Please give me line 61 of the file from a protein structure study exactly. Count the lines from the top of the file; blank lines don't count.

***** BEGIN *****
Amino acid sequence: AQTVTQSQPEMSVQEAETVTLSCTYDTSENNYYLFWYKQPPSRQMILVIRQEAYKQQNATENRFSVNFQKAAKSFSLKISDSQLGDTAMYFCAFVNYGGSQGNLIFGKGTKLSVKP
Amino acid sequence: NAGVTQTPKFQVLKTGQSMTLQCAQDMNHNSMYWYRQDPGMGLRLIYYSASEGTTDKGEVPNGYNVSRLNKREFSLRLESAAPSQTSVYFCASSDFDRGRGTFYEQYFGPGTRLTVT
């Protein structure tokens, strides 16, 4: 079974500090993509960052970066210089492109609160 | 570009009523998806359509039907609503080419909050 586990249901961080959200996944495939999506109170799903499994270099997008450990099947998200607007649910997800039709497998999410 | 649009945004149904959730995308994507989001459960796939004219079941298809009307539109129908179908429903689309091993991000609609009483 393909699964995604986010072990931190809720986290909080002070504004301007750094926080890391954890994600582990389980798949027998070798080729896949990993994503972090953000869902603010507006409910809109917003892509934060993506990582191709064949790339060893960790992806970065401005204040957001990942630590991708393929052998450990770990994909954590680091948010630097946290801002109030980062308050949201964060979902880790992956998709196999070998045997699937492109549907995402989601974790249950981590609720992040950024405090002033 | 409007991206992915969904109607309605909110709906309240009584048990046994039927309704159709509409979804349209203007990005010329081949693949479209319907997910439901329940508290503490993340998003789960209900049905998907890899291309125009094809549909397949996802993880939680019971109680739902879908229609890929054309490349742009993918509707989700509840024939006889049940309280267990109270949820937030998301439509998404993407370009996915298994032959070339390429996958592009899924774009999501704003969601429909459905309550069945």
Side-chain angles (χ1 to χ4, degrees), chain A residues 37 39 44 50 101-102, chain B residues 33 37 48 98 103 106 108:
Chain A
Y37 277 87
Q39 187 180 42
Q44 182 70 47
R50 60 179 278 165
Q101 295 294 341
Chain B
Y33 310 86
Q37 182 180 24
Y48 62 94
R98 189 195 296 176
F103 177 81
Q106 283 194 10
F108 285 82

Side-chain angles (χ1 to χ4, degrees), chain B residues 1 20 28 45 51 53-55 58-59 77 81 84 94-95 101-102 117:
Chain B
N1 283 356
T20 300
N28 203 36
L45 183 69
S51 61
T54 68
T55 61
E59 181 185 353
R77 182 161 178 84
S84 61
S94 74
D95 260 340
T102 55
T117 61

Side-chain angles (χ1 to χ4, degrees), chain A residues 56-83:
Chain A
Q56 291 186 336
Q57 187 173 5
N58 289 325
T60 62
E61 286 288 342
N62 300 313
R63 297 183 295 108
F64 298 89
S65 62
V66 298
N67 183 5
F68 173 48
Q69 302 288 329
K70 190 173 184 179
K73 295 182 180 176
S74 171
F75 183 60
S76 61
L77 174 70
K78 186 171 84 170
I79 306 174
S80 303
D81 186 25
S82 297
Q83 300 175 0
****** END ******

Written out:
Q83 300 175 0